Long days in the pack house
In this sixth column, I am speaking to the governor of Burgenland, Austria, and a delegation on the Burgenland heritage in the Lehigh Valley. Many men who immigrated here worked in our cement plants. When they were hired at the plants, the Burgenlanders were working with many nationalities. For example, there were Hungarians, Slovaks, Croatians, Ukrainians, Poles, Russians and a majority of Pennsylvania Germans. The Atlas even had a group of Portuguese employees, who later moved to Palmerton and became key employees at the New Jersey Zinc complex.
Soon, English became the predominant language, one learned on the job. Many were of the Catholic faith, so if a man ate meat on a Friday, a co-worker would threaten to report him to a priest — all done in good humor. I always called our cement plants “laboratories of democracy,” where Americanization helped one to transition to a new country with new customs.
Boarding houses were found throughout Northampton, Coplay and area communities.
Joseph Marakovits related, “All homes in Northampton and Coplay had boarders. Some had 10 to 15 men.”
Joseph worked at the Atlas for 43 years, followed by his two sons. He started in the stone house, breaking stone with a sledgehammer for 37 cents an hour. He recalled a rare labor dispute. In 1925, there were over 200 packers. There was a three-day dispute. The general manager from the main Atlas office in New York came to the plant to resolve the dispute. It was settled for a two-cent-an-hour raise. Conditions in the pack house were poor compared to present-day plants.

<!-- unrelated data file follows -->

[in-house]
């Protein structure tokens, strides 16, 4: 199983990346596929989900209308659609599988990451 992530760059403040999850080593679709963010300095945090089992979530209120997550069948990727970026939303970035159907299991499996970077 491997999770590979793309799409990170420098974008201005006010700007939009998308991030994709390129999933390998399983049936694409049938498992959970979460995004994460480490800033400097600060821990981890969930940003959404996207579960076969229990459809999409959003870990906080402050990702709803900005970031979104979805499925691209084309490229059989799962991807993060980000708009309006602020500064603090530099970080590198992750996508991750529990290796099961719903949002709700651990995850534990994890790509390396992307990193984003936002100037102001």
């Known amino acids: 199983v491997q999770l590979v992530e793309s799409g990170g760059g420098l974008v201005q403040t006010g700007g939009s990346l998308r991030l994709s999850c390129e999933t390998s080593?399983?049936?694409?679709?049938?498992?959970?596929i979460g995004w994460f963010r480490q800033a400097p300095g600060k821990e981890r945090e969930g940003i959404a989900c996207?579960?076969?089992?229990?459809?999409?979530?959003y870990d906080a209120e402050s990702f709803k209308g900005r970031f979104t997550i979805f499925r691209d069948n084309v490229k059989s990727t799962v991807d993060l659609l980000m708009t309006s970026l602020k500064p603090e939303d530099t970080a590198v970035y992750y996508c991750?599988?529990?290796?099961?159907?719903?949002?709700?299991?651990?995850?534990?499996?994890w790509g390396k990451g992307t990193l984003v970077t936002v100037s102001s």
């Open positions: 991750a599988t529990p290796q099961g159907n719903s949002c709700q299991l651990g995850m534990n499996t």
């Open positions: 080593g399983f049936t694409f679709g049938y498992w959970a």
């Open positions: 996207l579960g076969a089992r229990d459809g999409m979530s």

Joe said, “There was so much dust, you could not see the packer next to you. If you had a beard and perspired, cement dust caked on your face.
“After work, men would wash their faces in the horse water trough or dip their zinc bucket in the Atlas dam for some creek water to wash. There were no wash houses.”
Regardless of conditions, Mr. Marakovits enjoyed his work, recalling, “In the 1920s, and for years, packers worked on a special packing rate. The more you packed, the more you earned.”
On some days, they barely ate as working never stopped. Some packers earned $100 in two weeks.
“We were Burgenland millionaires,” Mr. Marakovits said.
Mr. Marakovits, a strong, lean gentlemen, wore his packer cement bag apron during retirement when working at his Washington Avenue home as “a badge of a proud packer.” He provided me with the first artifacts for the Atlas Cement Company Memorial Museum. Many thousands would follow his contribution by our neighbors.
Men remembered when a 12-hour day became a 10-hour day and finally a standard eight-hour day and a 40-hour work week.
Eventually, workers were given pensions and vacations. One of the first pensions was given in 1942. A gentleman was given a pension of $47 for 45 years of service. Conditions have improved, to say the least. The present cement workers pack in clean pack houses, and safety is stressed. Wages and benefits have increased to grant our cement workers a fine standard of living.
My father was always grateful for his job as a cement worker. He retired with pride. He was a proud cement worker.
Hope we have a new column to interest you in two weeks!